The law industry is susceptible to hacking because the nature of client-attorney relationships rely heavily on the digital transfer of sensitive data or payments. A cyber attacker can hack into an email account and simply wait for the information they plan to collect.
Valuable data such as technical secrets, business strategies, or information regarding financing and mergers are part of a law firm’s back-and-forth with each other or with clients – which is why hackers love to prey on law firms.
Ransomware is a cybersecurity threat that “kidnaps” the information on your computer until you pay the ransom. Ransomware gets installed on the target computer after the user unintentionally clicks a malicious link or downloads an infected file.
From there, the data on the computer system gets encrypted so that it’s inaccessible for the user. Your files will be kept hostage while you are victimized by threats or scare tactics – until the attacker receives the payment for the ransom. In some cases, these cyber attackers won’t let the users access the data even after they have made the payment.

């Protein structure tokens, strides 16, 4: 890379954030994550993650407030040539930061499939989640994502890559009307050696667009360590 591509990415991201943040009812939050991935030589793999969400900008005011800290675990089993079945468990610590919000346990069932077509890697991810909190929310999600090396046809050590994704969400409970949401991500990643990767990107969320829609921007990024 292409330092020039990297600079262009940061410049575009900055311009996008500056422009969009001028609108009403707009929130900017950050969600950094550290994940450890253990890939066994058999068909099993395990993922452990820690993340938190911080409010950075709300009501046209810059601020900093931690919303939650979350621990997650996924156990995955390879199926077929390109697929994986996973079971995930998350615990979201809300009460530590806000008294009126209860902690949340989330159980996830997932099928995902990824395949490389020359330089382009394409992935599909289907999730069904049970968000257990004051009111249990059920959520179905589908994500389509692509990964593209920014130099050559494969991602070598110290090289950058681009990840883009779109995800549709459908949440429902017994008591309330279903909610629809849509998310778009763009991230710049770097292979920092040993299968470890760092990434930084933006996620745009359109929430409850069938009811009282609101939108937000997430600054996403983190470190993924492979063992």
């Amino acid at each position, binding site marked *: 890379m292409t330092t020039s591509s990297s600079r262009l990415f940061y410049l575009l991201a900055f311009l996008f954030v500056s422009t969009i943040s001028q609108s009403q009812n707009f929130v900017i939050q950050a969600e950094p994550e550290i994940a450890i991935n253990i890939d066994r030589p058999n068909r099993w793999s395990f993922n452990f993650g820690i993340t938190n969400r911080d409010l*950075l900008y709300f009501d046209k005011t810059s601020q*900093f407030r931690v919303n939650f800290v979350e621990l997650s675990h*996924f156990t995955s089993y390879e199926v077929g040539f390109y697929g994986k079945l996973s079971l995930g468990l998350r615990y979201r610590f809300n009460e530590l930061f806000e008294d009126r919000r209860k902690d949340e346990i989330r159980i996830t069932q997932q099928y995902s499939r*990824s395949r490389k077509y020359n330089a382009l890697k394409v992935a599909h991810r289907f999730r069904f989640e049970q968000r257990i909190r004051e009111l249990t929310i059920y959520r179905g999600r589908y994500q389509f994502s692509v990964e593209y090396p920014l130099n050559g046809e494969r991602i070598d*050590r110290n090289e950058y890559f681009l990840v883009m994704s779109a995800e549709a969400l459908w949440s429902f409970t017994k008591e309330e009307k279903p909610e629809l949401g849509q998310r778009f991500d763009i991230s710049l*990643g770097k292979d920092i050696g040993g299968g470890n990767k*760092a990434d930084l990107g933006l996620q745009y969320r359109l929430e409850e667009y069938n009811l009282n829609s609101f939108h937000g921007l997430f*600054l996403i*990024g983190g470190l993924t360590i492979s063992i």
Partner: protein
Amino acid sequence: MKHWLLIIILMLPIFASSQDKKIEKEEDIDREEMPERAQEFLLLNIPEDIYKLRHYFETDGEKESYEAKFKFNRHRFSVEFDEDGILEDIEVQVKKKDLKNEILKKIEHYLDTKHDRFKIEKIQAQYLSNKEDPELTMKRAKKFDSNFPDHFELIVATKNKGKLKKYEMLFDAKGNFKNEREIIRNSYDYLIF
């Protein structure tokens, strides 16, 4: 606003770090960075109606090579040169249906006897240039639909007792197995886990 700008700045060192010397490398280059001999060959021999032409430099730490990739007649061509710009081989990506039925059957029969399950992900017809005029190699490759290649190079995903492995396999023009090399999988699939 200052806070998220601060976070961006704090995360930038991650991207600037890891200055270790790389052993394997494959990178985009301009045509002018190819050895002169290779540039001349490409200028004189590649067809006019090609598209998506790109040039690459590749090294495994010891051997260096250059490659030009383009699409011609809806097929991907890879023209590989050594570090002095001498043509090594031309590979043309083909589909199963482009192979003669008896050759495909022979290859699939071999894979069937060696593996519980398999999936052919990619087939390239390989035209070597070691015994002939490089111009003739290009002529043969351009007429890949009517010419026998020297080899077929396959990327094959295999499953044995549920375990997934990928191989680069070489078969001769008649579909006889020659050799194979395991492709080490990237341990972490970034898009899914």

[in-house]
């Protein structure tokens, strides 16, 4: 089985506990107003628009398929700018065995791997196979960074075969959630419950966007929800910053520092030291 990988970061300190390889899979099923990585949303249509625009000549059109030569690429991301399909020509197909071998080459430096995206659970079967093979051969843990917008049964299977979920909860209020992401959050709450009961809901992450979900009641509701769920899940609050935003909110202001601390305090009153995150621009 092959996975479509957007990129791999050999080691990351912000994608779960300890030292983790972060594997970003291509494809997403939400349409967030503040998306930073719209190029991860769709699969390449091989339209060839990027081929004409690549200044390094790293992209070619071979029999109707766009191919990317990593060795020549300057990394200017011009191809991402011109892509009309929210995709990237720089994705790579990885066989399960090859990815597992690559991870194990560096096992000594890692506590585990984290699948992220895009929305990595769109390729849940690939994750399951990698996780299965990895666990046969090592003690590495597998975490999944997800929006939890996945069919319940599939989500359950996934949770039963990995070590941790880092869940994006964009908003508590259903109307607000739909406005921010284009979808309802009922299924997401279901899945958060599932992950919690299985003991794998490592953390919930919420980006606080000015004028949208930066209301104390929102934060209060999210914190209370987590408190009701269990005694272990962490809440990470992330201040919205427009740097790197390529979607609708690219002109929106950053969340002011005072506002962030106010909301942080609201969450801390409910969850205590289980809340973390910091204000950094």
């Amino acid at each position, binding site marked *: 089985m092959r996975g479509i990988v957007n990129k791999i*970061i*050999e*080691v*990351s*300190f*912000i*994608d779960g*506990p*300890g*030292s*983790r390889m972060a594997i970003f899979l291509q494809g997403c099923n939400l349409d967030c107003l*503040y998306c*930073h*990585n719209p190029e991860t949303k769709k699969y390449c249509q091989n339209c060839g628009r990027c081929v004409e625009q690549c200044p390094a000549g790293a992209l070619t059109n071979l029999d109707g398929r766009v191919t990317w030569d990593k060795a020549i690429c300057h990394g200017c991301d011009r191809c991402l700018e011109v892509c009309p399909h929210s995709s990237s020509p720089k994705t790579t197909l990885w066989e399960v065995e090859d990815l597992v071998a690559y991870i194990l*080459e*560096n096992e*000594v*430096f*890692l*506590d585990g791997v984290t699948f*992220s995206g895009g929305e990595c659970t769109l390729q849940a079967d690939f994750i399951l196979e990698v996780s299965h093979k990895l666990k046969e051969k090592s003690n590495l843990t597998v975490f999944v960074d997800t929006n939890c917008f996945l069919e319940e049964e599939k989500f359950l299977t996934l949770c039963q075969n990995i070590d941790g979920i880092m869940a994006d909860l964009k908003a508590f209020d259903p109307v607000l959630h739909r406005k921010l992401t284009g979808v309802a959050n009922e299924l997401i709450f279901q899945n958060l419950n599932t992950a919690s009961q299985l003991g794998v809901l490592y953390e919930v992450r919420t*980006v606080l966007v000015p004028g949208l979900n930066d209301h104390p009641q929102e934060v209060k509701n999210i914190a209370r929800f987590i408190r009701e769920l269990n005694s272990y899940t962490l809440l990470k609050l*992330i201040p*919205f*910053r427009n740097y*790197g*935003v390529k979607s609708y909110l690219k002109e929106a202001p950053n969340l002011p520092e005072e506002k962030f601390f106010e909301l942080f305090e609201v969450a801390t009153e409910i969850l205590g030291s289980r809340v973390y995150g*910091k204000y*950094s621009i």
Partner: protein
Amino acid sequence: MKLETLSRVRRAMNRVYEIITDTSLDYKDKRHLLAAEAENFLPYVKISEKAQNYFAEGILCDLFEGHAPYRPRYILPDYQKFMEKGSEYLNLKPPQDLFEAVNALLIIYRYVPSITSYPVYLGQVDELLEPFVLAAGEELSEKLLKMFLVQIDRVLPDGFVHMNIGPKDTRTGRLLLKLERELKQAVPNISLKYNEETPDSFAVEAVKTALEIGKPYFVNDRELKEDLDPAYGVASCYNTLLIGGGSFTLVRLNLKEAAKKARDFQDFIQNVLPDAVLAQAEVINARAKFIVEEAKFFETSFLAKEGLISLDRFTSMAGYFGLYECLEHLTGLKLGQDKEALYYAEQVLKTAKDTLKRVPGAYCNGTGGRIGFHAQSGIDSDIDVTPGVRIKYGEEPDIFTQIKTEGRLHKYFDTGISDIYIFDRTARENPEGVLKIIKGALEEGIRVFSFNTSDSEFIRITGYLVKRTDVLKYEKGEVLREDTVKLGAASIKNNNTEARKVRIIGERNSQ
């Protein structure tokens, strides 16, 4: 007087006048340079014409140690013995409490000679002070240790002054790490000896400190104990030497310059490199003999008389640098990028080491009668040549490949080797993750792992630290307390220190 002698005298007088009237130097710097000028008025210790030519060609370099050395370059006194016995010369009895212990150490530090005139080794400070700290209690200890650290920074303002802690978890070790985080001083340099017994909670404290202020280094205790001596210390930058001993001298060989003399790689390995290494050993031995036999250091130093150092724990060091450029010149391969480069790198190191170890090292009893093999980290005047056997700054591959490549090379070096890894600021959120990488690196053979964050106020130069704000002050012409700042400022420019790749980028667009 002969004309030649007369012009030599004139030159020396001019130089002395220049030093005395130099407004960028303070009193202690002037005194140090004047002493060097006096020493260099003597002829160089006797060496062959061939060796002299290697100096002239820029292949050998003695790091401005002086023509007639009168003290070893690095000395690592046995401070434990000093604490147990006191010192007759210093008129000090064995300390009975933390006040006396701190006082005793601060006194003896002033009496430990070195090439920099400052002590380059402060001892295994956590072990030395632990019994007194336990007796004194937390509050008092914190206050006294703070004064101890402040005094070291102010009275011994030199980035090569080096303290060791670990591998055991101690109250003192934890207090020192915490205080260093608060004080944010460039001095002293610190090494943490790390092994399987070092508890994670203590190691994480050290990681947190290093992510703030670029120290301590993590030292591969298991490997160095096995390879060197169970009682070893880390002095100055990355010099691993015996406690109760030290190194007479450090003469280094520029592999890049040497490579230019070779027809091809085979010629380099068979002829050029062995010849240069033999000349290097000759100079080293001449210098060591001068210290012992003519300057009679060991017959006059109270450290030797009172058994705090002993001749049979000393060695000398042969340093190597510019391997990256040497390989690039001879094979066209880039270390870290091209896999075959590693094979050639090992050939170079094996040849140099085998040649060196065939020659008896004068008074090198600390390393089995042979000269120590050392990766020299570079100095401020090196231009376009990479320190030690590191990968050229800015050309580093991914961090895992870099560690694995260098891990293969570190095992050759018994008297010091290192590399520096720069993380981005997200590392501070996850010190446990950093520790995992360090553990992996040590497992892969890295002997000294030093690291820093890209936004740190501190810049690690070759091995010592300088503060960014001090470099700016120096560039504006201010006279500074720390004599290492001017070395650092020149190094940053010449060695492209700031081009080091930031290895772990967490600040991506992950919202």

Although ransomware is becoming slightly less common because of modern cloaked attacks, it still continues to be a major threat for law firms that host a lot of sensitive client information.
4) Data Breach
Part of a lawyer’s responsibility to their clients is to keep their data confidential. Failure to do so may result in legal malpractice claims. However, this task is easier said than done given the nature of technology today. Data breaches are becoming increasingly more common.
A data breach is data theft committed by a malicious actor. Generally, data breaches occur due to a weak digital security. Through a number of tactics, hackers can gain access to client’s sensitive data and even their financial accounts. Every law firm should have protection against malware, phishing, hacking, and other cybersecurity risks.